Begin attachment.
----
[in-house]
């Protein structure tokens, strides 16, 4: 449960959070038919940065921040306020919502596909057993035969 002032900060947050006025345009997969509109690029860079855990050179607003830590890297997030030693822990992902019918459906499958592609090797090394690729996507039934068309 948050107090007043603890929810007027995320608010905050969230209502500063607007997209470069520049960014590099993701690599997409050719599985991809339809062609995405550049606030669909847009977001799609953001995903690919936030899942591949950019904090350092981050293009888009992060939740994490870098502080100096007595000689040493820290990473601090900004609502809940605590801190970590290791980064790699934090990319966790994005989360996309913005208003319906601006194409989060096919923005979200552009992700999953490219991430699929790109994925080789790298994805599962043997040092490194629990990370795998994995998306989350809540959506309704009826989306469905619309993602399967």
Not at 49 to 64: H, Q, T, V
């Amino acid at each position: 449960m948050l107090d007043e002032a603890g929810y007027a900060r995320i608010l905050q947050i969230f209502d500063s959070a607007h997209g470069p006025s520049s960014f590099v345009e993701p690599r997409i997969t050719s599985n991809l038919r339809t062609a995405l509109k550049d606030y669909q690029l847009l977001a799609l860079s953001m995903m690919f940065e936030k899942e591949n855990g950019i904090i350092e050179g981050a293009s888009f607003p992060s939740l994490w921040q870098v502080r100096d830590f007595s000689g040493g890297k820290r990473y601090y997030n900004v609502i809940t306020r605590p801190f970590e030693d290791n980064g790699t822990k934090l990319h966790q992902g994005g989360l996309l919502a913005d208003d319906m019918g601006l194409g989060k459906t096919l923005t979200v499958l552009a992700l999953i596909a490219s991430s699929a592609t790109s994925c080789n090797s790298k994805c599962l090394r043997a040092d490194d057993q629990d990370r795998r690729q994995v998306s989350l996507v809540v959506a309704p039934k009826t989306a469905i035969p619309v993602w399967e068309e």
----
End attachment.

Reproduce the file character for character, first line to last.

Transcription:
[in-house]
């Protein structure tokens, strides 16, 4: 449960959070038919940065921040306020919502596909057993035969 002032900060947050006025345009997969509109690029860079855990050179607003830590890297997030030693822990992902019918459906499958592609090797090394690729996507039934068309 948050107090007043603890929810007027995320608010905050969230209502500063607007997209470069520049960014590099993701690599997409050719599985991809339809062609995405550049606030669909847009977001799609953001995903690919936030899942591949950019904090350092981050293009888009992060939740994490870098502080100096007595000689040493820290990473601090900004609502809940605590801190970590290791980064790699934090990319966790994005989360996309913005208003319906601006194409989060096919923005979200552009992700999953490219991430699929790109994925080789790298994805599962043997040092490194629990990370795998994995998306989350809540959506309704009826989306469905619309993602399967």
Not at 49 to 64: H, Q, T, V
């Amino acid at each position: 449960m948050l107090d007043e002032a603890g929810y007027a900060r995320i608010l905050q947050i969230f209502d500063s959070a607007h997209g470069p006025s520049s960014f590099v345009e993701p690599r997409i997969t050719s599985n991809l038919r339809t062609a995405l509109k550049d606030y669909q690029l847009l977001a799609l860079s953001m995903m690919f940065e936030k899942e591949n855990g950019i904090i350092e050179g981050a293009s888009f607003p992060s939740l994490w921040q870098v502080r100096d830590f007595s000689g040493g890297k820290r990473y601090y997030n900004v609502i809940t306020r605590p801190f970590e030693d290791n980064g790699t822990k934090l990319h966790q992902g994005g989360l996309l919502a913005d208003d319906m019918g601006l194409g989060k459906t096919l923005t979200v499958l552009a992700l999953i596909a490219s991430s699929a592609t790109s994925c080789n090797s790298k994805c599962l090394r043997a040092d490194d057993q629990d990370r795998r690729q994995v998306s989350l996507v809540v959506a309704p039934k009826t989306a469905i035969p619309v993602w399967e068309e």